Penn Yan Owasco circa 1948

Matt T

New Member
Several general questions-observations posed by a novice...

The boat seems to be free of any broken or damaged ribs. Has full and half ribs. The planking is all intact, seems VERY dry. One plank on the bottom near the stem seems to be split or cracked in 3 or 4 places, but still seems quite strong (relative to the rest of the hull).

The keel is missing pretty much entirely. Also missing is a part I would describe as an external stem...applied over the canvas on top of the actual structural stem. The metal band that goes on top of this piece is also gone. The bow deck is rotted at very tip.

The metal band and a portion of this external stem are present on the stern, as well as a small piece of the keel showing a scarf joint between the keel and stem piece. The interior needs to be stripped and refinished, the canvas needs to be replaced...SO...

How unique is this desirable would it be in restored condition? I ask not from a profiteering standpoint, (I'd probably never sell it) but rather from a "How much work is too much" standpoint. I probably will have to "farm out" at least a portion of the work. I have some skills and experience, but I have never bent any wood and the stem pieces look quite formidable!!!

Any and all input will be welcomed.

Pictures please !!!

I don't know how unusual this canoe is, but it definitely would be a desirable boat if properly restored, and from your description, restoration should be relatively simple and straight-forward. Get your hands on a copy of what is often referred to as the bible of canoe restorationi -- "The Wood and Canvas Canoe: A Complete Guide to Its History, Construction, Restoration, and Maintenance" by Jerry Stelmok and Rollin Thurlow -- available from the WCHA, Amazon, and often on eBay.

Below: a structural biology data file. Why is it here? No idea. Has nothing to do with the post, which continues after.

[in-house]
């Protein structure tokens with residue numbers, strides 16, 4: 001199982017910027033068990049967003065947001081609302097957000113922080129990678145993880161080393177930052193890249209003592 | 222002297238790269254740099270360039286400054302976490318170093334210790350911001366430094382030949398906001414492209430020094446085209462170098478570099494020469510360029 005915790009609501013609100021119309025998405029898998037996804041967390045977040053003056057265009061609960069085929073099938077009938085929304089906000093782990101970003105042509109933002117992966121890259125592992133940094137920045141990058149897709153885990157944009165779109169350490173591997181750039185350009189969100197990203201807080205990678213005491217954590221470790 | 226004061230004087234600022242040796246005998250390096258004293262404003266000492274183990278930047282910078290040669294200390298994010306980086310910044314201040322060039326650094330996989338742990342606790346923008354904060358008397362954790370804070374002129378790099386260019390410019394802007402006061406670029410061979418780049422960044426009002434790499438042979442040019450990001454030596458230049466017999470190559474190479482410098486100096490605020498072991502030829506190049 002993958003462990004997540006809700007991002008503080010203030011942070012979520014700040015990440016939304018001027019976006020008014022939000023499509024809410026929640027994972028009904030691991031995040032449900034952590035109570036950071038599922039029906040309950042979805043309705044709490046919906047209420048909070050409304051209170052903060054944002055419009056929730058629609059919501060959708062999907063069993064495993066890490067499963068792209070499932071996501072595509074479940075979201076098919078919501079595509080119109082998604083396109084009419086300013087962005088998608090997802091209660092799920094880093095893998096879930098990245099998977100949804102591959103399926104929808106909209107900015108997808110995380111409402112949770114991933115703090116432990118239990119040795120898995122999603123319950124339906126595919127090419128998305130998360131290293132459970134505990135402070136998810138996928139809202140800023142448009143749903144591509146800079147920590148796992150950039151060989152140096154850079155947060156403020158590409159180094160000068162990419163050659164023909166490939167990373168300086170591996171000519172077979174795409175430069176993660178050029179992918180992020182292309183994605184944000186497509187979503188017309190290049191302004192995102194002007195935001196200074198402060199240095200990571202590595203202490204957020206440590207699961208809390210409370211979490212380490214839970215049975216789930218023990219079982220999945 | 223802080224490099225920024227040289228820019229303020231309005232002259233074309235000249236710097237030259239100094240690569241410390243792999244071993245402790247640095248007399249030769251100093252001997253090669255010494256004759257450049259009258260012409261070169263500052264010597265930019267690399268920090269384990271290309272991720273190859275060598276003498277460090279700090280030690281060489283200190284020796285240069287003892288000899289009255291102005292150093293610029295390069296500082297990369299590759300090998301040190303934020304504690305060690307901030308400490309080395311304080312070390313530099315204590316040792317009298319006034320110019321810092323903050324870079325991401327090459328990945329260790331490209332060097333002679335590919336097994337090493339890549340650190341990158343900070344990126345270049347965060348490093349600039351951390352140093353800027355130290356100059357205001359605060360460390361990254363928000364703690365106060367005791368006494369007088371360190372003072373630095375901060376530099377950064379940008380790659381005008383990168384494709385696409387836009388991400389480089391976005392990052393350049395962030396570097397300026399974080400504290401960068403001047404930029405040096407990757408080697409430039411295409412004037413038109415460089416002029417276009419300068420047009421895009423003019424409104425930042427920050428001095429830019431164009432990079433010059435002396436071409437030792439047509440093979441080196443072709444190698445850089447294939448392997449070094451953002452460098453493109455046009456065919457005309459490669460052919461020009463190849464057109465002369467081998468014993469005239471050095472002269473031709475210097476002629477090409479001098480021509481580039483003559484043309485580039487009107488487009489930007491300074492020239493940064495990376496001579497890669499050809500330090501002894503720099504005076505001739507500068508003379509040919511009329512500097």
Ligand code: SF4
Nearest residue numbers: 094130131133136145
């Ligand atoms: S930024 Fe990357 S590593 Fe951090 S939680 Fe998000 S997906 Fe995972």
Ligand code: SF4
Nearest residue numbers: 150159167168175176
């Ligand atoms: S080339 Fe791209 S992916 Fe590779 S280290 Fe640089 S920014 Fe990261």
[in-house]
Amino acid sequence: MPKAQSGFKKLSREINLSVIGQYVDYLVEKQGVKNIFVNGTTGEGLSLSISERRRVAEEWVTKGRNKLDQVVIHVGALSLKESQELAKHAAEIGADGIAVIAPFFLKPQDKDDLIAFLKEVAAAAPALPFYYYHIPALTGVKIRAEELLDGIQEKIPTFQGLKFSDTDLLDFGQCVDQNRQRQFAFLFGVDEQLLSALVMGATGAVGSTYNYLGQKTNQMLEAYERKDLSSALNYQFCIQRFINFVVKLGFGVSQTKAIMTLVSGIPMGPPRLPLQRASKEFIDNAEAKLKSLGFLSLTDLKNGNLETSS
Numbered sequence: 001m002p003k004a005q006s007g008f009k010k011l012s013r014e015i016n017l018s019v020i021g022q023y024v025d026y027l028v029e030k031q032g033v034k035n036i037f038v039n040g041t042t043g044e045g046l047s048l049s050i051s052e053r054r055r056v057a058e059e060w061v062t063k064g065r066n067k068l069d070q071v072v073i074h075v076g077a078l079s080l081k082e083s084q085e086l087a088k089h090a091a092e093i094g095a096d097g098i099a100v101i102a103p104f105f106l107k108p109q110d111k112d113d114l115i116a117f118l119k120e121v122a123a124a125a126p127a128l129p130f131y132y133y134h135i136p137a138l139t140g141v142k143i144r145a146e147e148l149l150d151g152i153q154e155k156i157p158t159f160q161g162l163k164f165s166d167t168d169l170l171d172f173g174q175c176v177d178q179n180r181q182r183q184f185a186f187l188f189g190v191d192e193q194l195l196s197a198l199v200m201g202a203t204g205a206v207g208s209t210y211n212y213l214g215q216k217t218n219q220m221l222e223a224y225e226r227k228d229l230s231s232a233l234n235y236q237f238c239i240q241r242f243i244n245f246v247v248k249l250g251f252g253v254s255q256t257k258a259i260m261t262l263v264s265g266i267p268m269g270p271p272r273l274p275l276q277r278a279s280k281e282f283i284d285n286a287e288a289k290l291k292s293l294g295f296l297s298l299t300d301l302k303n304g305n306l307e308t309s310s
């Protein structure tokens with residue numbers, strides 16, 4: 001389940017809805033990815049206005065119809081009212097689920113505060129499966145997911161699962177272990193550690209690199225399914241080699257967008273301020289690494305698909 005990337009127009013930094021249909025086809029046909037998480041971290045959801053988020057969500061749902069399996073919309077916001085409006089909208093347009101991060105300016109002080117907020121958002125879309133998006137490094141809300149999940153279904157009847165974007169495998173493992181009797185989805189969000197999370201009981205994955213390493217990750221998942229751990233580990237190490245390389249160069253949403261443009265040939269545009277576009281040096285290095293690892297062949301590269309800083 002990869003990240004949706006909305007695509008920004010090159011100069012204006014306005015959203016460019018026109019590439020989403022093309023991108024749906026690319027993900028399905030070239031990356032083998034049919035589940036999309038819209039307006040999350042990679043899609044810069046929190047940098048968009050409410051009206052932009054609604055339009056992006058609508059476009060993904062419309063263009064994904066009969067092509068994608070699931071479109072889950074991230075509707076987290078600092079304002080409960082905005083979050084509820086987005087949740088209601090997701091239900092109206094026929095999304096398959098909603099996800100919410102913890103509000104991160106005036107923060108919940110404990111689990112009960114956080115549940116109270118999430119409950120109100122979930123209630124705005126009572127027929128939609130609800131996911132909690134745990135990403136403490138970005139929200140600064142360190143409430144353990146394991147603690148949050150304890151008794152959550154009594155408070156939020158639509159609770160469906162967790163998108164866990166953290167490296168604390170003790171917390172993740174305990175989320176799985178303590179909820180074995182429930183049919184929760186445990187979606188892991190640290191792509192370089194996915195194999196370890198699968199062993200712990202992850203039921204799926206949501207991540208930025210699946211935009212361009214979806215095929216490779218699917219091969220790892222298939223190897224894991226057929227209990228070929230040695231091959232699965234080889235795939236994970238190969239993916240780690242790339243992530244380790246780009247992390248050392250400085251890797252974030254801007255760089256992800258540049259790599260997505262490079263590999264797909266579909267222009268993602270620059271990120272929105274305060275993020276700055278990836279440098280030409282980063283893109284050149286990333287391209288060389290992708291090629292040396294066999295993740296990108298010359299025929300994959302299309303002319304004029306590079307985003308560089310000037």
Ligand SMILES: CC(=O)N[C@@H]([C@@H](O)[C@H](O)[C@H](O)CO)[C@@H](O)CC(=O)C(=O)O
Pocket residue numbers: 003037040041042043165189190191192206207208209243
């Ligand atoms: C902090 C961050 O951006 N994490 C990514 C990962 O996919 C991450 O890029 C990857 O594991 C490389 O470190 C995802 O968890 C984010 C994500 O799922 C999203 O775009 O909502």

Some information on Penn Yan canoes can be found at

and a copy of a relevant Penn Yan catalog page can be found at

Asking people on this forum "how much work is too much" is not likely to provide useful information -- the common opinion would be that there is never "too much" work to restore almost any canoe. But stripping and refinishing the interior, recanvasing and repainting, and replacing a keel, exterior stems, and stembands are all relatively common and simple tasks -- even bending the stems is not really formidable -- there is lots of information on these forums as well as in the Stelmok/Thurlow book on ways to do it -- but rather only seems challenging because bending is not a common woodworking task. The chief difficulty is setting up the equipment to do the bending -- and the seeming difficulty comes from unfamiliarity, not from anything intrinsically hard to do (as I learned a few years ago when teaching myself to bend some ash for snowshoes).

People here love pictures of other people's canoes -- so keep us informed about what you are doing -- with lots of pictures.